I was on the Jon Gaunt programme a few mornings ago, discussing why I thought Britain should be in the EU. As you can imagine, Jon and I were on very different sides of the argument. There was one moment where he looked to catch me out, maybe get me mumbling, when he asked if I thought immigration to Britain was a positive thing. I replied: “yes”. I could be wrong, but I don’t think that’s what he expected. No one thinks immigration is good anymore, do they? That’s so 1990s; so Tony Blair.
But I was being honest on Gaunt’s programme because, yes, within reason, I think immigration is a net positive for Great Britain, however unfashionable that might be to say. I also think the topic is the elephant in the room for pro-Europeans because how can you defend Britain’s on going membership of the EU if you can’t defend free movement of people?
The way this all became a problem in the first place, I believe, was the unprecedented and unforeseen number of Poles who arrived in the country post-2004. I want to state here that I think overall Polish immigration to the UK has been a net positive; nevertheless, it did set the stage for a sort of “we’re being swamped” style hysteria that has clouded the debate. What I will say about this is that – like most problems the UK has with the EU – it is actually a situation created almost entirely by decisions made by the British government of the time. The UK decided to let workers from Poland be employed in the country immediately upon ascension, when actually the treaties only stipulated that Polish workers be given such access in 2011. Part of the reason the migration to Britain from Poland was so high in the 2004 to 2008 period was for this precise reason: all of the other EU countries bar Sweden and Ireland kept to the 2011 timetable. This is one of the reasons migration from Romania and Bulgaria was has not been as high as predicted in some quarters: every country in the EU opened its borders to workers from those countries at the same time, meaning there was a large choice of places workers from those countries could go.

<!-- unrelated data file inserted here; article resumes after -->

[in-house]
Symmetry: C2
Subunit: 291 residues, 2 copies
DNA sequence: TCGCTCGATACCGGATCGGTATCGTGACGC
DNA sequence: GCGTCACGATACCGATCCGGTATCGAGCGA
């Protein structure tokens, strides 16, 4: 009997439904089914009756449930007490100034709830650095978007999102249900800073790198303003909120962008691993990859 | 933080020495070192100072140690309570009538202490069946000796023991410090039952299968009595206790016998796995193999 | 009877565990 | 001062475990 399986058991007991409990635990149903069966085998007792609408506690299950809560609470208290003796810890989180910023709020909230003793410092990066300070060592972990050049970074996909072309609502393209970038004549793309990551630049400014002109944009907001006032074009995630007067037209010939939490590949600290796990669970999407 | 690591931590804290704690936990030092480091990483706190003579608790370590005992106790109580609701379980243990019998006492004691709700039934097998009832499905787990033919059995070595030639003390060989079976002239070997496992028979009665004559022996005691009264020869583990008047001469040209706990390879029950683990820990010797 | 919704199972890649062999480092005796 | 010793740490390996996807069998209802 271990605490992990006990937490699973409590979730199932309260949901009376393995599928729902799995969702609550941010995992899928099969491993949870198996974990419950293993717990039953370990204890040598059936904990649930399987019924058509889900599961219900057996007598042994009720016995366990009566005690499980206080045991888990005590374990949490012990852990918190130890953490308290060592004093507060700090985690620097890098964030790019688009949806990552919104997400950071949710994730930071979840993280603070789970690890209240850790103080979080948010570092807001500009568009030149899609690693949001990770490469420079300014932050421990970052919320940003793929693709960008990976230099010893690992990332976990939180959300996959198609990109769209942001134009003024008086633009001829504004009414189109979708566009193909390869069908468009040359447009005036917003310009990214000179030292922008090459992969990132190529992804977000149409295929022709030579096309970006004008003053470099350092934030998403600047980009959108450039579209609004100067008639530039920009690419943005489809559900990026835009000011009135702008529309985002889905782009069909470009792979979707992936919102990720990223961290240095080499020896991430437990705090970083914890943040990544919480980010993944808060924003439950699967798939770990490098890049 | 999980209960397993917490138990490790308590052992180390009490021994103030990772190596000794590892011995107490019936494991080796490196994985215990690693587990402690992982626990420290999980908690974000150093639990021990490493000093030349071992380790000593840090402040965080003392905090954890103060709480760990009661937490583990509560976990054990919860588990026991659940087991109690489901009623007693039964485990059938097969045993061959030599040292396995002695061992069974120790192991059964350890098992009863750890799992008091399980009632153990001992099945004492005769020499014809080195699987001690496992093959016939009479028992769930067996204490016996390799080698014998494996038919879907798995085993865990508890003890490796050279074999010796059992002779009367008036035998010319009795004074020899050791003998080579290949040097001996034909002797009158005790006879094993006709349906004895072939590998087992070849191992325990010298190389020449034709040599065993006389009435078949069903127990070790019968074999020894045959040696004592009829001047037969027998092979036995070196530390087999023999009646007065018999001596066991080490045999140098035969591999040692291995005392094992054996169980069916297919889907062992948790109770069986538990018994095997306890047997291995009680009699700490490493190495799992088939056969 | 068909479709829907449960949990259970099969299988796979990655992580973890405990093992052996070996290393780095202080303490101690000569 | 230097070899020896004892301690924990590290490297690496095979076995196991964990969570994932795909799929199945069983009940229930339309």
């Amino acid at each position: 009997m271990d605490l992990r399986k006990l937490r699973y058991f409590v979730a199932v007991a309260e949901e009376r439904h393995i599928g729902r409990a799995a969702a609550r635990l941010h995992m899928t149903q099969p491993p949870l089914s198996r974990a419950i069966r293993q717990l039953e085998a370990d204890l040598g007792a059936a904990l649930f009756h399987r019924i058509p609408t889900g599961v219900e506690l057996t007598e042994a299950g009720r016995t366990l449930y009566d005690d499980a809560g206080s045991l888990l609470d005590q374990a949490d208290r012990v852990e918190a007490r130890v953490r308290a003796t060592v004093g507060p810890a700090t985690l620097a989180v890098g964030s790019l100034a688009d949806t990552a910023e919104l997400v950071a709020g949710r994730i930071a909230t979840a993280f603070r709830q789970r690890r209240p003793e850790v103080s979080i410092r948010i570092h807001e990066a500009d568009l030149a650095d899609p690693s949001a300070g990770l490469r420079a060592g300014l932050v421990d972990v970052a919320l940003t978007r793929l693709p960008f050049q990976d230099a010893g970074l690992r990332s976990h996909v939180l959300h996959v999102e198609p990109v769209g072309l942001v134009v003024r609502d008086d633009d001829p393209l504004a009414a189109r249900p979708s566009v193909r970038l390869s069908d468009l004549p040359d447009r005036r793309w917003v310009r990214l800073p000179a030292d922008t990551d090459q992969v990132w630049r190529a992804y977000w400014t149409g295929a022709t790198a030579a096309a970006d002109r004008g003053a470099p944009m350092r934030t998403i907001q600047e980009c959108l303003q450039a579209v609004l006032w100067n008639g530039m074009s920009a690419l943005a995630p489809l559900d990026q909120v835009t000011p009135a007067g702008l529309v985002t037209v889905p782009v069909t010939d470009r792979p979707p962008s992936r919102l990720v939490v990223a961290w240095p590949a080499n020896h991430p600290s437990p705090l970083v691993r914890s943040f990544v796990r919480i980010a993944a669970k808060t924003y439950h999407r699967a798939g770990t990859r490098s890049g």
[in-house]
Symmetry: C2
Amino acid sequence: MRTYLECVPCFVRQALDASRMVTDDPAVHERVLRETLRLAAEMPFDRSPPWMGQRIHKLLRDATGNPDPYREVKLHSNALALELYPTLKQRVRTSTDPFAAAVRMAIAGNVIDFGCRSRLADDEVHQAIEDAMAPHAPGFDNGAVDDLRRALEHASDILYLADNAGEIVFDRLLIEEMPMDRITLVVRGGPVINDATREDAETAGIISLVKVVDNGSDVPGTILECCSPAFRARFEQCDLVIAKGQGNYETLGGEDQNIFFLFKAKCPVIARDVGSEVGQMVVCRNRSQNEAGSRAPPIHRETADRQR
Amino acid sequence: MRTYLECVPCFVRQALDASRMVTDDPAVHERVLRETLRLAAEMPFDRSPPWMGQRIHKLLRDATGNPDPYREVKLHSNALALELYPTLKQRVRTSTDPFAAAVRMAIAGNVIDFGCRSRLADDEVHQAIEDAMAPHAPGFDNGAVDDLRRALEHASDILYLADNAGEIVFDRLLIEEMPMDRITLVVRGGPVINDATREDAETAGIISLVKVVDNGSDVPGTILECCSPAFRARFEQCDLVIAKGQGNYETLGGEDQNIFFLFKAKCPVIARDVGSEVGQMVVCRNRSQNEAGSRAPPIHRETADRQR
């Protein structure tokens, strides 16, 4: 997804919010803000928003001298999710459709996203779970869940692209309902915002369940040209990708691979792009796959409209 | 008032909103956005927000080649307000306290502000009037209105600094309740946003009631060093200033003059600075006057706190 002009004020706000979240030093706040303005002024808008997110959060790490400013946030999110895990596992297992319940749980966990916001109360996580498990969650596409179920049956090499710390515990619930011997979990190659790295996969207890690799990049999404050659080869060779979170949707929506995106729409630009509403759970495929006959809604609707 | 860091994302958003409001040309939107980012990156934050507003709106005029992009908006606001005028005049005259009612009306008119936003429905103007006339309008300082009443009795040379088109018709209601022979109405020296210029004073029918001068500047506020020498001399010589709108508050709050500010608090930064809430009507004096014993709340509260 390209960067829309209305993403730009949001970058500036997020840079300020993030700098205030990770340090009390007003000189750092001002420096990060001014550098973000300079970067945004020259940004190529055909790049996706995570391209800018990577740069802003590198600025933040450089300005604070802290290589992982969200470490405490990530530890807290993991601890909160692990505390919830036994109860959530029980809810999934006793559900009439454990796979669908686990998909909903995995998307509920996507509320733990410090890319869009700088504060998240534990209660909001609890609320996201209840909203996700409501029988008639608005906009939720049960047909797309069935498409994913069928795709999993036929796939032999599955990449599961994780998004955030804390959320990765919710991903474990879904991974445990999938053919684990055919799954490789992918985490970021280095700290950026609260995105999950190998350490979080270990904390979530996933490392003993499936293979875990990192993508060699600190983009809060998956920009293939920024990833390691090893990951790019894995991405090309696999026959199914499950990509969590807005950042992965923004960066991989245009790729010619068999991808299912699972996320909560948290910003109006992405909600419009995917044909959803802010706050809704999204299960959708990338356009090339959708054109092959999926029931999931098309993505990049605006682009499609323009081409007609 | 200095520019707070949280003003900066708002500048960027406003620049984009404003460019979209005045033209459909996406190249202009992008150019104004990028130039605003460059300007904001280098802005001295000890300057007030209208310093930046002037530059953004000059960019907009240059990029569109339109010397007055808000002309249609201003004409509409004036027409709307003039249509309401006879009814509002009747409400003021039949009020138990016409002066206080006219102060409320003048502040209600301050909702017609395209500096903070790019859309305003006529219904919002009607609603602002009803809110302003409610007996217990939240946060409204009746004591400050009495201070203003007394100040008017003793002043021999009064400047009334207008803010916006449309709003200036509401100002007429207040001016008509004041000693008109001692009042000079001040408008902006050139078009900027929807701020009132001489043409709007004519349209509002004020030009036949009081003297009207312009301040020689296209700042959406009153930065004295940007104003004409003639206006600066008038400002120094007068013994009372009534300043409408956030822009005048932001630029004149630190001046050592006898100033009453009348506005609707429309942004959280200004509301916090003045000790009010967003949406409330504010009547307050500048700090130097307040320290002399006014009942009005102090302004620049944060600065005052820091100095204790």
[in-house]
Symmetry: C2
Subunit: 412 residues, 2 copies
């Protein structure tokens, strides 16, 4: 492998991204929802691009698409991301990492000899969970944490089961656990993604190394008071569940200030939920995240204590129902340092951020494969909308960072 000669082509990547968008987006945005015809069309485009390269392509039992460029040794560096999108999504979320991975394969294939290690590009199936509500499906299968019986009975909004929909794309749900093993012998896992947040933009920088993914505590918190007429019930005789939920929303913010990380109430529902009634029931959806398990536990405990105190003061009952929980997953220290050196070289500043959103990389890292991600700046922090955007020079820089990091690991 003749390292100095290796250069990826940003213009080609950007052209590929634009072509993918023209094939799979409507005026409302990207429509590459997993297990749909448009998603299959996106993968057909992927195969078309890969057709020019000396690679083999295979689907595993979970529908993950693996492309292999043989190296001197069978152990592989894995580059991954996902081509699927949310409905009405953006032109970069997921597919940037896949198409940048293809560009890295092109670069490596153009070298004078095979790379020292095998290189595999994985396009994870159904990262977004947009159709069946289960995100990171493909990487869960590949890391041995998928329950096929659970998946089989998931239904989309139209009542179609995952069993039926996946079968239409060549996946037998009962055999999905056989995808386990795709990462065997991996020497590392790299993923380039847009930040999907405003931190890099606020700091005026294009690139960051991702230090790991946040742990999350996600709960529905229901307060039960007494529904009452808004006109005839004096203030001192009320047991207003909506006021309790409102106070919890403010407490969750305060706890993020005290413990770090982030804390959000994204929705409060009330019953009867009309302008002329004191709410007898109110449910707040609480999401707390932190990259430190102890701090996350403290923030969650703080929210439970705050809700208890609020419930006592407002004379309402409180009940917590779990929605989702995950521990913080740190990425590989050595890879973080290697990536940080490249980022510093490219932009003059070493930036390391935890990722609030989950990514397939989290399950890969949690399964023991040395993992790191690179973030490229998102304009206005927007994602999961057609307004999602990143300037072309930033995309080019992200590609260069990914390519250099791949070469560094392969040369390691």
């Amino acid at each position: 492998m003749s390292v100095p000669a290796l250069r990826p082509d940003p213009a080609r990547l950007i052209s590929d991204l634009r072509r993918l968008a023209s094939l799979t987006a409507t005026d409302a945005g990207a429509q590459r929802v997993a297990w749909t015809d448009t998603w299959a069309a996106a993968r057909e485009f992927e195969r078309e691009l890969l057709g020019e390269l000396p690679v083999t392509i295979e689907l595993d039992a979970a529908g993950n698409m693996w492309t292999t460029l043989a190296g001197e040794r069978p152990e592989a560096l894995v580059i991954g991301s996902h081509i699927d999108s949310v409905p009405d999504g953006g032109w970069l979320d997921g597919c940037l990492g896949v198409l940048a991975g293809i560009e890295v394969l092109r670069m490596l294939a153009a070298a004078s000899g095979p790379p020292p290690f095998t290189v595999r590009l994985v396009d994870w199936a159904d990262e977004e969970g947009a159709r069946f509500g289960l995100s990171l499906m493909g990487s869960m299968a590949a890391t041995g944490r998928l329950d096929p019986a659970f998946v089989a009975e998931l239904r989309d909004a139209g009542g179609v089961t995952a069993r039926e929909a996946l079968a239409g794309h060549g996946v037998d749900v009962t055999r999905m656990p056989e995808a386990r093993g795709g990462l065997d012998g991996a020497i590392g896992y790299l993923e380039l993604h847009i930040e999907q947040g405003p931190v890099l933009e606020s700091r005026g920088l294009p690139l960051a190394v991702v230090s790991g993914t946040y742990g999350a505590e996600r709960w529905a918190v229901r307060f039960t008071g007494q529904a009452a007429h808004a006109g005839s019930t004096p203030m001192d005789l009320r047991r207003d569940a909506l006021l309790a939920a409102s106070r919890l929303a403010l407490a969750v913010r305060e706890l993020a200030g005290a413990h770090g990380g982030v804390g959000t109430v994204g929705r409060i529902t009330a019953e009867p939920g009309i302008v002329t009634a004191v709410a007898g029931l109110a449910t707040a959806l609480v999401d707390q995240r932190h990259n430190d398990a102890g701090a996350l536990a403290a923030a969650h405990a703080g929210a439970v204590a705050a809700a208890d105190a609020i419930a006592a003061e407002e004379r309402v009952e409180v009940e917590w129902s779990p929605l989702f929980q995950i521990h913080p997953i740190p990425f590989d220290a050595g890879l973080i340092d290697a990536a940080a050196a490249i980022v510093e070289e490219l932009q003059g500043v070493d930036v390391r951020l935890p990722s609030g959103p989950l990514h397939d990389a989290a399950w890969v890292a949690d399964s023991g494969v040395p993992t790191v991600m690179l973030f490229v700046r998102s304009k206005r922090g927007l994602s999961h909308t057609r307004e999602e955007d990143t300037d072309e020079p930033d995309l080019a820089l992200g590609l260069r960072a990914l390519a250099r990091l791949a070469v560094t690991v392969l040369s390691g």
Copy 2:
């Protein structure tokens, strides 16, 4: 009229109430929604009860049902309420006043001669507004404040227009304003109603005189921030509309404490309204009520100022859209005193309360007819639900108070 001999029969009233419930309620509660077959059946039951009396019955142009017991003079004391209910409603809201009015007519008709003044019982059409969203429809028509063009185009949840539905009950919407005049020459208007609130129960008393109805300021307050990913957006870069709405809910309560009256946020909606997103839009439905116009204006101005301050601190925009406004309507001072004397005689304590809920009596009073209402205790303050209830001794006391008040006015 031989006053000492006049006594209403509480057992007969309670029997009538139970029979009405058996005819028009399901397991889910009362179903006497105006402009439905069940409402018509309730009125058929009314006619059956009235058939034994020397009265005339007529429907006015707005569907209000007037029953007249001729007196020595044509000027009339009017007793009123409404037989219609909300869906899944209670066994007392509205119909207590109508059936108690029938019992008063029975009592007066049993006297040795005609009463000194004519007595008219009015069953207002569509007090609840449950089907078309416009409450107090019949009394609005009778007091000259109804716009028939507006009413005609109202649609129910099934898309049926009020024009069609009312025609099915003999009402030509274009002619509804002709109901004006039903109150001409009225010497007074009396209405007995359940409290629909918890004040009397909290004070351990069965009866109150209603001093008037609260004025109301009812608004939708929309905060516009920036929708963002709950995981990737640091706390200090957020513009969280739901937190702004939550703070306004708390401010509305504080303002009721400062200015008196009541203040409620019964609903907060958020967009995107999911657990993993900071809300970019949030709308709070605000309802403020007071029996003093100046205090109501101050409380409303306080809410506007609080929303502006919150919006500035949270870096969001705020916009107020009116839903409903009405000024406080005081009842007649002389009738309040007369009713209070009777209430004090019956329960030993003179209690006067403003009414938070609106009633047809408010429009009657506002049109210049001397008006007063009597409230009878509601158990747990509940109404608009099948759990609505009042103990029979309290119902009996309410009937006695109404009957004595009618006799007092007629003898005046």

But back to my thesis: why do I say immigration to the UK is a net positive? Because, to take a but one relevant example, I think that having the best and brightest young French people coming here to start a business because they feel the French system is too stifling is a great advert for the Anglo-Saxon economic model. If the Eurosceptic wing of the Tories could simply see past their own prejudices regarding the EU, they would be able to understand how much the migration of French entrepreneurs to Britain is a validation of the free market over socialism. It is unfortunate that this is not the case.
And, as I say, the French are just one example of this. Most EU migrants come to this country to better themselves. In doing so many of them create businesses, which in turn create jobs. The EU migrants we have in this country are a net benefit to our economy. It’s time we started saying so again.
Matt (Bristol) says
There is a UK tendency to put the blame for consequences our under-investment in infrastructure on someone else; so in the 90s we had a lot of harrumphing about EU directives, ‘health and safety’ and the US claims culture of ‘no-win-no-fee’ but the fact of the matter was that many of the public safety disasters of the 70s and 80s that these things were a reaction to were directly the result of under-investment from the 60s ownwards by British government, local authorities and private landlords.
In the same way, pressures on housing, education, health, etc may be exacerbated by immigration, but it is not possible to say they are caused by immigration and to say that there is a direct causual link is t exonerate governments whom for years wanted to run the country on a shoestring with little thought for the future.
Hence, every time Farage attacks on immigration, he absolves Brown, Blair, Major and Thatcher for their hands-off approach to the public realm.
Matt (Bristol) says
PS – you mean ‘accession’ in para 3